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    babysitter

    I know any detail about a child diabetic life... I was in this situation and now I am in a good health with many years of diabet type 1,with insulin and blood sugar control daily...
    After that years of diabet(from 12 years old)I have a healthy girl,7 years old...
    Now,when my mother can take care of my daughter,I can take care and supervise all the time a child with diabet,a child who can comunicate with me,for can keep his glicemies in a good level every day!
    I am teacher,but the salaries in my european country are so low...
    I prefer to apply what I know so well,to take care of a diabetic child,not to work like teacher for few money(in Romania the teacher salaries are like for poor people in rest of Europe)...
     
  10. Nancy in VA

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    I'm probably in the minority here. My daughter was diagnosed at 2 and she was left with babysitters shortly thereafter. I was in a babysitting co-op. I trained everyone on doing a fingerstick. They could check a BG and call me (I had written down low treatments and let the highs go a little). I had two women who were nurses in my co-op so I went over injection procedures with them for the few times I had to leave her for a meal.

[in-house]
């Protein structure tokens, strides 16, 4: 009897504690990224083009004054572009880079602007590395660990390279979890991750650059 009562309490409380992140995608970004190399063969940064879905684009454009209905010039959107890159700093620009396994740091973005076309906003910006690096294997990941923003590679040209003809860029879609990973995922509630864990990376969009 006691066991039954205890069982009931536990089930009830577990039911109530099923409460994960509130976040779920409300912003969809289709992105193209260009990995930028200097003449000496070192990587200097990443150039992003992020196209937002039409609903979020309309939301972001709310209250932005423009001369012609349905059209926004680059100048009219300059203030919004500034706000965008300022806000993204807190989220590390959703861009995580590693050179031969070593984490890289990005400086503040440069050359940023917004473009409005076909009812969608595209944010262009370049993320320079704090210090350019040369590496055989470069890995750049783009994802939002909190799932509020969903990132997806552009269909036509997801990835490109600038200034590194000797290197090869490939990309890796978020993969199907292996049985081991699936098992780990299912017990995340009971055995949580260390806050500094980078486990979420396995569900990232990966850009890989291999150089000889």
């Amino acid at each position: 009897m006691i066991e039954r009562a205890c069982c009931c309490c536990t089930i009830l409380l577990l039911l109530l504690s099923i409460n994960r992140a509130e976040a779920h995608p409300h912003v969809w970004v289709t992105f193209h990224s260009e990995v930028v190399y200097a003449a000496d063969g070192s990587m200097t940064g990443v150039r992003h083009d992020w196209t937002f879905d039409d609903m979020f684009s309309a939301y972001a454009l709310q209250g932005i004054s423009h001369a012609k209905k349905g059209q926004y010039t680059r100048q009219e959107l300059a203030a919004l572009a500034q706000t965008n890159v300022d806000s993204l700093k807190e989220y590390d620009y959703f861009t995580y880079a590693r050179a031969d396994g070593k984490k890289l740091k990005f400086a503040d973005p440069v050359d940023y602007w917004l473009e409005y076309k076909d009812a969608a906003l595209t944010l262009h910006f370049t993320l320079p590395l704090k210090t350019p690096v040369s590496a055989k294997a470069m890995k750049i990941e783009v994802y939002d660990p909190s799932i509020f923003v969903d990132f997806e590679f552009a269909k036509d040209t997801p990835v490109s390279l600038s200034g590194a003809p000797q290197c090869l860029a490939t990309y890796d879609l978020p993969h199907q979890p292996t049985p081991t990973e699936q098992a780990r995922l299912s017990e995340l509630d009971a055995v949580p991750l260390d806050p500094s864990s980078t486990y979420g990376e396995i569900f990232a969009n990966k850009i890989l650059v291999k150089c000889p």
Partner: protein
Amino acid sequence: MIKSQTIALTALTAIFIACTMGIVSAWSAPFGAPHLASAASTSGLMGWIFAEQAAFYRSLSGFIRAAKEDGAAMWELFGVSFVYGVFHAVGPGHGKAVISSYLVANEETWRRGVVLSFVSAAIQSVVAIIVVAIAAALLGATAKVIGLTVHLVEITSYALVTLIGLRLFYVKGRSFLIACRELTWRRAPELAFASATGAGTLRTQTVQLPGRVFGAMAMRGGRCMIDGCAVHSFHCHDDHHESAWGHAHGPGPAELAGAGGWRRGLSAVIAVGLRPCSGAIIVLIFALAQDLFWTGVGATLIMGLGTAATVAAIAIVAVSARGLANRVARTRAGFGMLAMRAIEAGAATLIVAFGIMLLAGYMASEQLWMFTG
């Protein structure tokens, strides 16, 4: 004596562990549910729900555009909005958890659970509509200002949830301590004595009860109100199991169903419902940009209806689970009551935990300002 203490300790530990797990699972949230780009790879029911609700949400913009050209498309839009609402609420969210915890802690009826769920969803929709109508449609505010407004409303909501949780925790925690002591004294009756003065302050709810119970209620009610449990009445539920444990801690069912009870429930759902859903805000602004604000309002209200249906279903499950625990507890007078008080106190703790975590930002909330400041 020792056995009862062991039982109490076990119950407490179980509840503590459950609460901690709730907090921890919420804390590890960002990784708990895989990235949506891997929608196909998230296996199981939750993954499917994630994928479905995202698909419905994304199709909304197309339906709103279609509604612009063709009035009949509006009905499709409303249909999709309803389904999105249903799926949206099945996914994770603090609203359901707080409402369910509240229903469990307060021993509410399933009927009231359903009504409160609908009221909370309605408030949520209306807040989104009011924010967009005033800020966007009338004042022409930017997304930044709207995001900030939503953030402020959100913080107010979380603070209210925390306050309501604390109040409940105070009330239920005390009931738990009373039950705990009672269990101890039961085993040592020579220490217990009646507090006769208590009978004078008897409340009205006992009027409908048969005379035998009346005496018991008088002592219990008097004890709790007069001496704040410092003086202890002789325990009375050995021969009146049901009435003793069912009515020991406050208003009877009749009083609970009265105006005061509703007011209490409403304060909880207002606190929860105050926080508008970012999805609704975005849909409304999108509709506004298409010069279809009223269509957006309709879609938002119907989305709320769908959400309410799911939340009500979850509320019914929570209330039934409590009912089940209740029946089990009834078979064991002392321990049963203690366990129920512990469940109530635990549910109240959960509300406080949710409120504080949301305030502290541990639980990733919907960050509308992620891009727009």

Once she went on the pump, there were a couple more comfortable with it. I typed up procedures on how to operate the pump and walked them through it once and we were on our way - they called when it was time to dose but I had wanted them to see it once with me and then I talked them through it over the phone.

    The only person I have ever trained on Glucagon was her preschool teacher. I honestly wouldn't expect a babysitter to use it - I would expect a call to 911.
     
  11. Amy C.

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    Here is another one in the minority. I left my then 3 year old son with a teenage babysitter almost immediately.